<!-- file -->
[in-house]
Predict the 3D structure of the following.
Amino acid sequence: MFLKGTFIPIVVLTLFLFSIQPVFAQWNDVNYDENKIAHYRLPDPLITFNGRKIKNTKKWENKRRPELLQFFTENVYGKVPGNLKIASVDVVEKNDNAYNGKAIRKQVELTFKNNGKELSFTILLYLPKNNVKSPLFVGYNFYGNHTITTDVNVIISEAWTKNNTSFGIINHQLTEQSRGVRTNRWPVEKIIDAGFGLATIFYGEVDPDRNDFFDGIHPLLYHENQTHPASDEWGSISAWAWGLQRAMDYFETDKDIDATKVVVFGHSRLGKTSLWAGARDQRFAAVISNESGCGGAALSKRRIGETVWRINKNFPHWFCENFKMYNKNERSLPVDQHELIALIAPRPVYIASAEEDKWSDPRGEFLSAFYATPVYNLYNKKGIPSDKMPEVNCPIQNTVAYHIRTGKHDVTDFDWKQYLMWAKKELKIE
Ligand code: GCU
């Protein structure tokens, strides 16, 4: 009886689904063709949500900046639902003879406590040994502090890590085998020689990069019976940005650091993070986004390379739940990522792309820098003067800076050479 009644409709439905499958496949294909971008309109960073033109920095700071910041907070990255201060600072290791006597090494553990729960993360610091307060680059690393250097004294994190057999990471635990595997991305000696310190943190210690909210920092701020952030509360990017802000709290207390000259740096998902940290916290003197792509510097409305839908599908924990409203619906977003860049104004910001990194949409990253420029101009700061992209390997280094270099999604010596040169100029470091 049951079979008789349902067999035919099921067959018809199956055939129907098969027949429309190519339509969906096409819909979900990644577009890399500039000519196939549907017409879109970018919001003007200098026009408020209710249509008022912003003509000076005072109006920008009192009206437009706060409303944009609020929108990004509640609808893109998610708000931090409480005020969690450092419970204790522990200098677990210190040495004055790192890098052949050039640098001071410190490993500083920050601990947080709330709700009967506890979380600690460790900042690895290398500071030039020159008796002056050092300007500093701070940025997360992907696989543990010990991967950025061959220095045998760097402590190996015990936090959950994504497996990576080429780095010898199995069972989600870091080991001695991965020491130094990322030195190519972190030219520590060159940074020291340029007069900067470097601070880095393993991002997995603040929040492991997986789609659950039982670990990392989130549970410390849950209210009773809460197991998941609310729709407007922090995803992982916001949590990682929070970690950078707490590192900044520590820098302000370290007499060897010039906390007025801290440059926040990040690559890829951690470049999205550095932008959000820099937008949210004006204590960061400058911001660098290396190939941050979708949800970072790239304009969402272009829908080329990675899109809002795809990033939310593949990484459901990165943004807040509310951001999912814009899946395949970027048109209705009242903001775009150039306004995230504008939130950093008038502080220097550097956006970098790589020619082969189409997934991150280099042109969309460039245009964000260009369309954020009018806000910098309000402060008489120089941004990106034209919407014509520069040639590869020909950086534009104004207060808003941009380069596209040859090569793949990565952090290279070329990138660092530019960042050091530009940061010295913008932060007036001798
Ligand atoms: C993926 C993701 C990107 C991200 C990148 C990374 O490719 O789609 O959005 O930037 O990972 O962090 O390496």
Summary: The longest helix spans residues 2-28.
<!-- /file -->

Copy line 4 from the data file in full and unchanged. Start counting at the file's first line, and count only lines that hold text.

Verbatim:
Ligand code: GCU